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ukraine, officials say the u.s. has no way to track the weapons, nor, of course, where they end up in the long run. >> once they get in ukrainian hands, it's up to them to decide what unit gets it, when, if it's stored at all or temporarily. that's up to the ukrainians to decide, not the united states. >> if n the $33 billion that biden requested, more than 4 billion would be for ukraine to buy more weapons. that's where wr the new business for these weapons companies will come from, and there will be more. so a major concern mow is making sure weapons companies don't take advantage of this to raise prices. >> a new report from the pentagon says u.s. forces left the behind $7 billion in military equipment after pulling out of afghanistan last year. they abandoned equipment of more
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than 300,000 weapons and 78 aircraft. although the u.s. defense department says the aircraft had been rendered inoperable. much of the equipment left behind neetds specialized maintenance previously supplied by u.s. contractors. the u.s. gave $18 billion of equipment to the afghan forces from 2005 to 2021 before the taliban takeover. covid cases in china are rising, and safety regulations in some places getting tougher. we'll have a look at what it looks like traveling to and from the country comingng up.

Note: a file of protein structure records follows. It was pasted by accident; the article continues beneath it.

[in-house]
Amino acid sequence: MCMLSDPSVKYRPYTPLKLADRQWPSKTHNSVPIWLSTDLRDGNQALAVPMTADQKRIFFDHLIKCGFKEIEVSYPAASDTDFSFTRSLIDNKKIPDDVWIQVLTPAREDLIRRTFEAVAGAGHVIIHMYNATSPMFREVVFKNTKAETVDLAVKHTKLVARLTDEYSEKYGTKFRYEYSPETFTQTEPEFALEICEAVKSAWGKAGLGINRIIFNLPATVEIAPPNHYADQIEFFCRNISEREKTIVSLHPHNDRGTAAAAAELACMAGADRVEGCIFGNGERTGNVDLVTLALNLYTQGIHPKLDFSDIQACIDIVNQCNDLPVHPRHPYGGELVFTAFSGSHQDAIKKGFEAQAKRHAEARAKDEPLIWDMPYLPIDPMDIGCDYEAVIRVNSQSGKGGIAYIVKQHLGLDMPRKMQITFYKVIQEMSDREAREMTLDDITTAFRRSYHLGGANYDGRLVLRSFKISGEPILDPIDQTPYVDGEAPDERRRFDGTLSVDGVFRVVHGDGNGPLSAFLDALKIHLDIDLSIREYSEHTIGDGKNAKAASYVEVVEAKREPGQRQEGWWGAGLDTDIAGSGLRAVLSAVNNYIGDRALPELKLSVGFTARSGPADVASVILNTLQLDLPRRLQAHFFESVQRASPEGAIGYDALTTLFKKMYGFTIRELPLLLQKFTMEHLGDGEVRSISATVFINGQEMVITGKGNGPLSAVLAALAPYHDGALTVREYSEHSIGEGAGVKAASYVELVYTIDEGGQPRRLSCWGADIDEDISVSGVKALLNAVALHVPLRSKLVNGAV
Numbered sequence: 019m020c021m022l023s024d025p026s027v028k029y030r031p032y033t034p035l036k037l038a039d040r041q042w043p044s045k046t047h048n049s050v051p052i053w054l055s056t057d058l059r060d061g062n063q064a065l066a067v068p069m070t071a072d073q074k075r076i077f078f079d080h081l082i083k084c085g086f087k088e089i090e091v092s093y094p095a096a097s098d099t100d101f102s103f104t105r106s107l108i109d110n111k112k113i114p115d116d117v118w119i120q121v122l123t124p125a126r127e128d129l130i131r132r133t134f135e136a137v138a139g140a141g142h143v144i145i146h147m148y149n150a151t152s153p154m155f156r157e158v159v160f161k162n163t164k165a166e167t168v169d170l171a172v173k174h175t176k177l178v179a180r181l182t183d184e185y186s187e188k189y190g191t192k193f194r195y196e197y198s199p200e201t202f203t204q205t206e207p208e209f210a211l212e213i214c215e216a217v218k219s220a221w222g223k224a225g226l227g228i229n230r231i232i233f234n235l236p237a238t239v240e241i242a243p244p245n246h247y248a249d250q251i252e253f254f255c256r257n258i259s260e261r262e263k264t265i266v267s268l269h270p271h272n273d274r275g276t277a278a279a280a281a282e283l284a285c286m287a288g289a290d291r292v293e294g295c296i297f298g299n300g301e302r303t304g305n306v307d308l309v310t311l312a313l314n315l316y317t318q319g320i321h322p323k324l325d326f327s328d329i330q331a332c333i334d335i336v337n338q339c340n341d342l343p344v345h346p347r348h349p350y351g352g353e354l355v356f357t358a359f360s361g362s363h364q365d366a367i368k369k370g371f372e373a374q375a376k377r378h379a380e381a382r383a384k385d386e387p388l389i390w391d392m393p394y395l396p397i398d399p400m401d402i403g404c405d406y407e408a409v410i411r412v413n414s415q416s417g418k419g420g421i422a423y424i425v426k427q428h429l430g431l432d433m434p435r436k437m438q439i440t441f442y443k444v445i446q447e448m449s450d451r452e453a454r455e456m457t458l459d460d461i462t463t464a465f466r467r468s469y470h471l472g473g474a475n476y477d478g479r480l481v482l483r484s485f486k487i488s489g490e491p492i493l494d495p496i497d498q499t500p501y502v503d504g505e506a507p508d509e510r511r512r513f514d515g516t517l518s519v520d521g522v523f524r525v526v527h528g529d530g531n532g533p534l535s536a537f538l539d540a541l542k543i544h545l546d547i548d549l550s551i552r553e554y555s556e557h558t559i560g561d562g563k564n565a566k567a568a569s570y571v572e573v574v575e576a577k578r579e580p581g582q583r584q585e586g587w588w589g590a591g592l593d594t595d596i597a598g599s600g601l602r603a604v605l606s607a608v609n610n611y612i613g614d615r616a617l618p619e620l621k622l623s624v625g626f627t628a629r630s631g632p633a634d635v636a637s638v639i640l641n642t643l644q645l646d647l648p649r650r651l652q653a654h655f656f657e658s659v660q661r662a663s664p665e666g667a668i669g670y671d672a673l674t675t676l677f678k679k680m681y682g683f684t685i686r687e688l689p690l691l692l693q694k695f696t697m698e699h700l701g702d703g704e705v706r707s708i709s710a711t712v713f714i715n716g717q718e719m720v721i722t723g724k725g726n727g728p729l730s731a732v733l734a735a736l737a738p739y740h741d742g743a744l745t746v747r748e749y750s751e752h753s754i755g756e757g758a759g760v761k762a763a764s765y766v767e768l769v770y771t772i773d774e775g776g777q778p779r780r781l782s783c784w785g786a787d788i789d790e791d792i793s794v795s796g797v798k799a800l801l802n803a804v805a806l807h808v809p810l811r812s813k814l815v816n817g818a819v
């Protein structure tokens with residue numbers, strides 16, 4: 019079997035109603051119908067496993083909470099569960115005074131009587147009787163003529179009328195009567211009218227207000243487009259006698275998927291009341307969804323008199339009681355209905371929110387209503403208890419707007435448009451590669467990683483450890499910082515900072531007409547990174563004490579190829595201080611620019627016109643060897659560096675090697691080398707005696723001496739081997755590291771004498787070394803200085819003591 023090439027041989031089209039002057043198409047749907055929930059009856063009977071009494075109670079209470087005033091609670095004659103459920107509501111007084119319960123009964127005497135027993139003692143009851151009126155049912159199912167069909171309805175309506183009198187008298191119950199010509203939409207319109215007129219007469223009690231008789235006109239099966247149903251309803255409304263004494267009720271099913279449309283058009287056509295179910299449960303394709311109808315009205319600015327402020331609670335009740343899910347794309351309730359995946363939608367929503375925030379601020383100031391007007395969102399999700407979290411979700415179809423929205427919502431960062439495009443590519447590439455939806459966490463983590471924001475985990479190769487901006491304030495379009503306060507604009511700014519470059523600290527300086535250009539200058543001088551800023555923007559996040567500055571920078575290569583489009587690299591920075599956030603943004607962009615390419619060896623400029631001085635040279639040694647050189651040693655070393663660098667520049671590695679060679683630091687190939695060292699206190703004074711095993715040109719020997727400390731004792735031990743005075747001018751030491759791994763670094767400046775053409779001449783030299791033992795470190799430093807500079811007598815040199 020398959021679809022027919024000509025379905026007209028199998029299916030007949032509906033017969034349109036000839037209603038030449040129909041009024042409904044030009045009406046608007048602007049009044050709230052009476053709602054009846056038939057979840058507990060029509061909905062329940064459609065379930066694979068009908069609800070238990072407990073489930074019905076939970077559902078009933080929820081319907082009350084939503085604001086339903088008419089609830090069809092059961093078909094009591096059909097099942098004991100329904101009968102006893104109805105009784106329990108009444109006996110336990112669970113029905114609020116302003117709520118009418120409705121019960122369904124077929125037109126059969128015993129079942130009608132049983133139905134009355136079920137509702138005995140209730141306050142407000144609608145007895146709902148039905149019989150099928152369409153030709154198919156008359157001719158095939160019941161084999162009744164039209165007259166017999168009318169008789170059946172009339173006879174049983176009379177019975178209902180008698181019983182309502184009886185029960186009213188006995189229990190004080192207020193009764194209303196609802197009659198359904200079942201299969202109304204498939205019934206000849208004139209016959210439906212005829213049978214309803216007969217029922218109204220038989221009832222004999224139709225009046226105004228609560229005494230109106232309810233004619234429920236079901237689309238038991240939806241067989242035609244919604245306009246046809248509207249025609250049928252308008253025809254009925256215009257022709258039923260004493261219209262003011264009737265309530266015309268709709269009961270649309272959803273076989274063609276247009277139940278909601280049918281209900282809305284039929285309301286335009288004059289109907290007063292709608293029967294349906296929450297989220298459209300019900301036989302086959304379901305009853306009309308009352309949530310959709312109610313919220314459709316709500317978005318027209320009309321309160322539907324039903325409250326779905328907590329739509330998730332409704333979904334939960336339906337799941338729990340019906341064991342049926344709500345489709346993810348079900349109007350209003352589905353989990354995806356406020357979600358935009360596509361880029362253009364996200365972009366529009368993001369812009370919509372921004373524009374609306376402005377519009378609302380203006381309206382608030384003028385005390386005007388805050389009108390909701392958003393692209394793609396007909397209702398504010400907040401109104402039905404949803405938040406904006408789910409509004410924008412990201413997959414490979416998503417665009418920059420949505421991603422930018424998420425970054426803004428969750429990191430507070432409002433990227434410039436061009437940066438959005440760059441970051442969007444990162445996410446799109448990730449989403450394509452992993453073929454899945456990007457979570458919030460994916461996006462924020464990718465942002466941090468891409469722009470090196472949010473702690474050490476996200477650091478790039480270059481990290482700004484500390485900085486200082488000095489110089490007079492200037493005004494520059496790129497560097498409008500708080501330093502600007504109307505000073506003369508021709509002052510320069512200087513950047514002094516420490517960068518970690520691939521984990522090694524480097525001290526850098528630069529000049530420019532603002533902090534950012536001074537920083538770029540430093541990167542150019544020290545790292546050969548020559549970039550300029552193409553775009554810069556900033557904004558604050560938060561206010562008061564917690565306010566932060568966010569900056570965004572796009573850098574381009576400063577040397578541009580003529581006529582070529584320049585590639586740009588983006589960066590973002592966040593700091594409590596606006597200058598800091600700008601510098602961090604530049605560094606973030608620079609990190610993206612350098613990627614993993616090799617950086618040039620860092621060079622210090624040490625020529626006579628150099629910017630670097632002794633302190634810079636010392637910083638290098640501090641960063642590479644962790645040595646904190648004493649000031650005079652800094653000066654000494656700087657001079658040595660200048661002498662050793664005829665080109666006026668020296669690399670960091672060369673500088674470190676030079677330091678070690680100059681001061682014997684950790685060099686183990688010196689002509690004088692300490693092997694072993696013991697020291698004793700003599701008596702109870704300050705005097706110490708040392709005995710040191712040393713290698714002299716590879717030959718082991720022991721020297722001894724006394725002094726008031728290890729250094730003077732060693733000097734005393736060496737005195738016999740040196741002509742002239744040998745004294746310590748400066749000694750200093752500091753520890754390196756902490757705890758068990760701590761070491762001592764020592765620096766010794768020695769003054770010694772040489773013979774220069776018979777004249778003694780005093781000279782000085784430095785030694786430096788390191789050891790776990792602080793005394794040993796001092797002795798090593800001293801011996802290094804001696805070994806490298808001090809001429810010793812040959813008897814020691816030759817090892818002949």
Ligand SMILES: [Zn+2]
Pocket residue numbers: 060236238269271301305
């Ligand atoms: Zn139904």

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my fellow xfinity customers. hi tim. the biggest week in entertainment is almost here. watchathon week presented by xfinity rewards. with free access to stranger things from netflix. the boys from prime video. hbo max, starz, and peacock. just say watchathon into your voice remote and get ready to watch. i love you. i love you. i love you all. my fellow xfinity customers. hi tim. the biggest week in entertainment is almost here. watchathon week presented by xfinity rewards. with free access to stranger things from netflix. the boys from prime video. hbo max, starz, and peacock. just say watchathon into your voice remote and get ready to watch.
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i love you. i love you. i love you all. moderna is seeking an emergency use authorization from u.s. drug regulators. this would be for its covid vaccine for children aged from 6 months to 5 years. in late march, moderna announced the results of clinical trials. data shows its vaccines are 51%